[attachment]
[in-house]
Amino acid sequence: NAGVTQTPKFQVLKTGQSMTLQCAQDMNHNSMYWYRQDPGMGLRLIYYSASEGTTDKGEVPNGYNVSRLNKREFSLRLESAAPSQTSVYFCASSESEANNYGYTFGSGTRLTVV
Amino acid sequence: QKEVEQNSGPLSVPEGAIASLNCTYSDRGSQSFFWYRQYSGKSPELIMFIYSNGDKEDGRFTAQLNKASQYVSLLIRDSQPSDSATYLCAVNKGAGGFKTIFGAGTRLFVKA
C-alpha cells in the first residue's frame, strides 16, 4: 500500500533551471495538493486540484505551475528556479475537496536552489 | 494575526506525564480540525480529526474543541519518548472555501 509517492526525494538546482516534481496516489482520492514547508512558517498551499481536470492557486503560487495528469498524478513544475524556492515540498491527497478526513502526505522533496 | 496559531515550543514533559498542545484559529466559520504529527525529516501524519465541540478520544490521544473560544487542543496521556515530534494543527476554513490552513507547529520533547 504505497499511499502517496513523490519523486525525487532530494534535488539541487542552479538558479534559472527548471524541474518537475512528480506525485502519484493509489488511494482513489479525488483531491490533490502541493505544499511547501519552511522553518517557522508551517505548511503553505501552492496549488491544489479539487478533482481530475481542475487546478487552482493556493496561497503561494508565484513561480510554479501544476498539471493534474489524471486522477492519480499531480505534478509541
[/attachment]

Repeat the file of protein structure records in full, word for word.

[in-house]
Amino acid sequence: NAGVTQTPKFQVLKTGQSMTLQCAQDMNHNSMYWYRQDPGMGLRLIYYSASEGTTDKGEVPNGYNVSRLNKREFSLRLESAAPSQTSVYFCASSESEANNYGYTFGSGTRLTVV
Amino acid sequence: QKEVEQNSGPLSVPEGAIASLNCTYSDRGSQSFFWYRQYSGKSPELIMFIYSNGDKEDGRFTAQLNKASQYVSLLIRDSQPSDSATYLCAVNKGAGGFKTIFGAGTRLFVKA
C-alpha cells in the first residue's frame, strides 16, 4: 500500500533551471495538493486540484505551475528556479475537496536552489 | 494575526506525564480540525480529526474543541519518548472555501 509517492526525494538546482516534481496516489482520492514547508512558517498551499481536470492557486503560487495528469498524478513544475524556492515540498491527497478526513502526505522533496 | 496559531515550543514533559498542545484559529466559520504529527525529516501524519465541540478520544490521544473560544487542543496521556515530534494543527476554513490552513507547529520533547 504505497499511499502517496513523490519523486525525487532530494534535488539541487542552479538558479534559472527548471524541474518537475512528480506525485502519484493509489488511494482513489479525488483531491490533490502541493505544499511547501519552511522553518517557522508551517505548511503553505501552492496549488491544489479539487478533482481530475481542475487546478487552482493556493496561497503561494508565484513561480510554479501544476498539471493534474489524471486522477492519480499531480505534478509541